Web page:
Over the weekend, I headed out for a run. It was a bright and sunny day – one of those days that’s begging for a long run. Beginning with my first step, my legs felt heavy and my breathing labored.
In the back of my mind, I was hoping that I just needed to warm up before my run would miraculously turn glorious. But no such luck. I was aiming for ten miles and had to stop at 7.5 miles.
I tried my best to shake it off. That’s what runners do, right? We quickly dismiss the bad runs as a fluke and immediately look ahead to the next great run.
Not so fast. While bad runs aren’t always fun, they may have some surprising benefits. Here are five reasons why a bad run may help you become a better runner:
A bad run often involves more than just physical pain; it takes a toll on our psyche and spirit. However, learning to dig deep during these training sessions builds your mental strength. When the physical and emotional fatigue sets in during a race (and it will), you will know how to deal with the pain and you will be able to persevere.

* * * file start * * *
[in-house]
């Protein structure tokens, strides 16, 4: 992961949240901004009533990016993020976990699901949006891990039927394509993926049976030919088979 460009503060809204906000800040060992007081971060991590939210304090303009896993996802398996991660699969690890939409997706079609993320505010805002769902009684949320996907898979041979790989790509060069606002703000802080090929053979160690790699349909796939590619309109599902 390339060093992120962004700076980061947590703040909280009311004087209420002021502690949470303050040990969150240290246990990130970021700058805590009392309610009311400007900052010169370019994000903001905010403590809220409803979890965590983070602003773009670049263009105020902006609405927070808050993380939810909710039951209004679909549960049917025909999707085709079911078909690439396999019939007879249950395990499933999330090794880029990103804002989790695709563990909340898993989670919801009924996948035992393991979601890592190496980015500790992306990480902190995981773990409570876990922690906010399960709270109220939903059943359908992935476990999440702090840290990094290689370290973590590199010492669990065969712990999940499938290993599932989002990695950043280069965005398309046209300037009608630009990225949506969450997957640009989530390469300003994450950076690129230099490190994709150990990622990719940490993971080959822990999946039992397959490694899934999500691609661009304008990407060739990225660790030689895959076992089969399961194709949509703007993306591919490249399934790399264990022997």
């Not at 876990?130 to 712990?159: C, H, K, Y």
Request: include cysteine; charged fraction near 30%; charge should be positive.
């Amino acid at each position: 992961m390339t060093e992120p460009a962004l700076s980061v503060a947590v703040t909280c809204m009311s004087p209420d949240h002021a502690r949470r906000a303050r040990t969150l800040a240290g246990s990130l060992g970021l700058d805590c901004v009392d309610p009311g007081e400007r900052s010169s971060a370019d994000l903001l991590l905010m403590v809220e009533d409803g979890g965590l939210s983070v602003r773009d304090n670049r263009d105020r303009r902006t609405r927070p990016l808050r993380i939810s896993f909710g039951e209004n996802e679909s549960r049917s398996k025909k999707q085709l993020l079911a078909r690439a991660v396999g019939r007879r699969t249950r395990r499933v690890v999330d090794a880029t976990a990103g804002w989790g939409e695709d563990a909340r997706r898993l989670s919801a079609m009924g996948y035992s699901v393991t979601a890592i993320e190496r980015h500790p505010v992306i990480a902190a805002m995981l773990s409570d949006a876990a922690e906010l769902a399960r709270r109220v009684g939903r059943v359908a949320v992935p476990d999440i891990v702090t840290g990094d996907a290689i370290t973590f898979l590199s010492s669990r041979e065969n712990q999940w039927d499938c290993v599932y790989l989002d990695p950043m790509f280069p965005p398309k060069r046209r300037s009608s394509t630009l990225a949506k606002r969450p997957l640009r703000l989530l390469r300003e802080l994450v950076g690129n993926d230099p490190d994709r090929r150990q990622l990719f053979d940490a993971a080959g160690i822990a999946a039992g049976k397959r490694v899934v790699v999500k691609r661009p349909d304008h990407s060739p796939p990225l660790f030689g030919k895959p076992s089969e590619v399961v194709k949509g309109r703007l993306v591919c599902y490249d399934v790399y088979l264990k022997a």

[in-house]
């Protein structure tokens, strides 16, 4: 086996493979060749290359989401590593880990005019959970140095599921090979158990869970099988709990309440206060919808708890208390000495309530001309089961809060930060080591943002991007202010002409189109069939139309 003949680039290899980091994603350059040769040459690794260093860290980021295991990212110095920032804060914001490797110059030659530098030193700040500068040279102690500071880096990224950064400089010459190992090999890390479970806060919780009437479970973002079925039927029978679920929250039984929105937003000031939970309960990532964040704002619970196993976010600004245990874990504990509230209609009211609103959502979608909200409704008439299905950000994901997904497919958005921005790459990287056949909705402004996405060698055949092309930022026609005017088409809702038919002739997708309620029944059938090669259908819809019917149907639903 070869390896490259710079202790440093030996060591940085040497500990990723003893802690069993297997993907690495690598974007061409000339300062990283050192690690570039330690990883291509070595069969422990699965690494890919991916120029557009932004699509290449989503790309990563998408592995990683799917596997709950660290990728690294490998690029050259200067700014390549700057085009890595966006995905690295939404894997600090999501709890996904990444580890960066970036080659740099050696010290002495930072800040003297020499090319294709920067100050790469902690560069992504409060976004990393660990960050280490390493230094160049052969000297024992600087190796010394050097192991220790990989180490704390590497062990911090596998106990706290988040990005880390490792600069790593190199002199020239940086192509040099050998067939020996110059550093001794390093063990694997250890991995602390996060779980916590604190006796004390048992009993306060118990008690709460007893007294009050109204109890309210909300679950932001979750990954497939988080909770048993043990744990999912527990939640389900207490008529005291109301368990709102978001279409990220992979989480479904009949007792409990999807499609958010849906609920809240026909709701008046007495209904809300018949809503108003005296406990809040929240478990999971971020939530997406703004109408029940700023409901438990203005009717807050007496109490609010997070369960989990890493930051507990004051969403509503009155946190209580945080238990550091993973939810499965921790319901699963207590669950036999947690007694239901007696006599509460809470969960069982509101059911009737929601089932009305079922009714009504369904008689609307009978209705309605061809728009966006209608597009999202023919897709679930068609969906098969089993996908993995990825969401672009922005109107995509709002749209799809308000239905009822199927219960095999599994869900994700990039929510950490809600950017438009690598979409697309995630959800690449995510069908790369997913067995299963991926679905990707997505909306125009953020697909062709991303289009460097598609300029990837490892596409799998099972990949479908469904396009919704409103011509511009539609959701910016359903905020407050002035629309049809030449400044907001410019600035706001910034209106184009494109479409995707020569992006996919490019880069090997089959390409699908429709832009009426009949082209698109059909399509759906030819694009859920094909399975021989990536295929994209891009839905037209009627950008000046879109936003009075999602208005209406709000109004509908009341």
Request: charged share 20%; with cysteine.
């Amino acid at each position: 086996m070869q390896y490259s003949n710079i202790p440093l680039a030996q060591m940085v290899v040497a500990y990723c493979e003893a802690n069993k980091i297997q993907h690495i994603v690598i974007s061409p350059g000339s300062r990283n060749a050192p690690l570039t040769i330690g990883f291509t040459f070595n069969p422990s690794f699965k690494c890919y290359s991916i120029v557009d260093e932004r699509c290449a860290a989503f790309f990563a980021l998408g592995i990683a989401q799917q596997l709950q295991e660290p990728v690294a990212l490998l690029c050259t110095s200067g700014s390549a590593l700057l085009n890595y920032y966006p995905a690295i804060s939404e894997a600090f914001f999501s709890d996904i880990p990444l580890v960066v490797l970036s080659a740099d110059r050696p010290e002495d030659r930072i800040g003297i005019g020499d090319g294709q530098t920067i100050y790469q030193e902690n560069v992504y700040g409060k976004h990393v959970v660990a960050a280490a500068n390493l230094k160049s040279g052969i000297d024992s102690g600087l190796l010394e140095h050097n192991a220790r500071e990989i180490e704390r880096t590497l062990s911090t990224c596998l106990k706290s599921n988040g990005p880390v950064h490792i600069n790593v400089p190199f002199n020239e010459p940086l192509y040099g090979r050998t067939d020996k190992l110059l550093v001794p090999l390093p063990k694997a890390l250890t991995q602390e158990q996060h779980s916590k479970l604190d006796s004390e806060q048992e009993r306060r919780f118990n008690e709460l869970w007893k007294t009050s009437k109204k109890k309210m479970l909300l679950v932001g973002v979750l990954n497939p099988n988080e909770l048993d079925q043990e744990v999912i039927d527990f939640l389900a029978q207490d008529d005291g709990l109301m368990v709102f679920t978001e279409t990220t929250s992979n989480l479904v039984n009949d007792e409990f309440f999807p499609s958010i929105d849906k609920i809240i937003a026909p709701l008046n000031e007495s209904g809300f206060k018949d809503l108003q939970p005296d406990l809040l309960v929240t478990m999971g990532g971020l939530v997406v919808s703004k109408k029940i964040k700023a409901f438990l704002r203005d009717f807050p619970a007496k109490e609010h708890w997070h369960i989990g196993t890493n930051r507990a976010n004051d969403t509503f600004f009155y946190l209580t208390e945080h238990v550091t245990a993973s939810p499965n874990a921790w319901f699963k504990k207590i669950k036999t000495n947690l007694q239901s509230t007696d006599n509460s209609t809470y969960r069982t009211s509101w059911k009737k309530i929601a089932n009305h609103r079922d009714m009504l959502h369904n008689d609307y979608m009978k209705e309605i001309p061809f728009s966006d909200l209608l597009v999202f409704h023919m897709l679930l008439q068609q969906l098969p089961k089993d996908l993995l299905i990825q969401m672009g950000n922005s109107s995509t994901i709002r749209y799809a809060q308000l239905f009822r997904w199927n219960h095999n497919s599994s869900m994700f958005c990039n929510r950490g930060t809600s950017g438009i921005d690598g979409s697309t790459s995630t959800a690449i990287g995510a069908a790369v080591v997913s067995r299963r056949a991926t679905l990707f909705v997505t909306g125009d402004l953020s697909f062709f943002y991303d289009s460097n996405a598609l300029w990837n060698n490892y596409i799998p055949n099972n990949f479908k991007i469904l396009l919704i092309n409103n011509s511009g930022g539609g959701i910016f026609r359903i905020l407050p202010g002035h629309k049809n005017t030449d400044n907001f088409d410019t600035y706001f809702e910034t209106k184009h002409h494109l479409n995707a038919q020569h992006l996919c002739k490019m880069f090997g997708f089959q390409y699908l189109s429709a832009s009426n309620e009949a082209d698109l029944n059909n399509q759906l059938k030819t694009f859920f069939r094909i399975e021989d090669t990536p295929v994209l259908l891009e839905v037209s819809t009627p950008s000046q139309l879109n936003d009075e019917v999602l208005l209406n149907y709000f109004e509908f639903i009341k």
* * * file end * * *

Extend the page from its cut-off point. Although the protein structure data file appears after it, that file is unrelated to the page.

2. Mental agility:
Runners are known for our “Type A” personalities, because we stick to training plans, schedules, pre-race routines – you name it. You may start a run or a race with a game plan in mind. When your run starts to unravel, you need to have the ability to adapt. Bad runs teach you how to change your plan mid-run and pay attention to what your body is telling you.
Admit it, sometimes we take running for granted. We take for granted that we can lace up our shoes, run and feel better almost immediately. Without the bad runs, we wouldn’t truly appreciate the good ones.
Often, bad runs are a signal that you may be overtraining and pushing yourself too hard or too far physically. Bad runs can be a wake-up call and indication that you need to rest or turn to other aspects of your training, such as strength training, recovery work or cross training.
Ultimately, one bad run is just that – one bad run. Bad runs can serve as a reminder that this one training session doesn’t define you or your training cycle. Instead, it’s important to step back and take a broader look at your training.
How do you handle bad runs?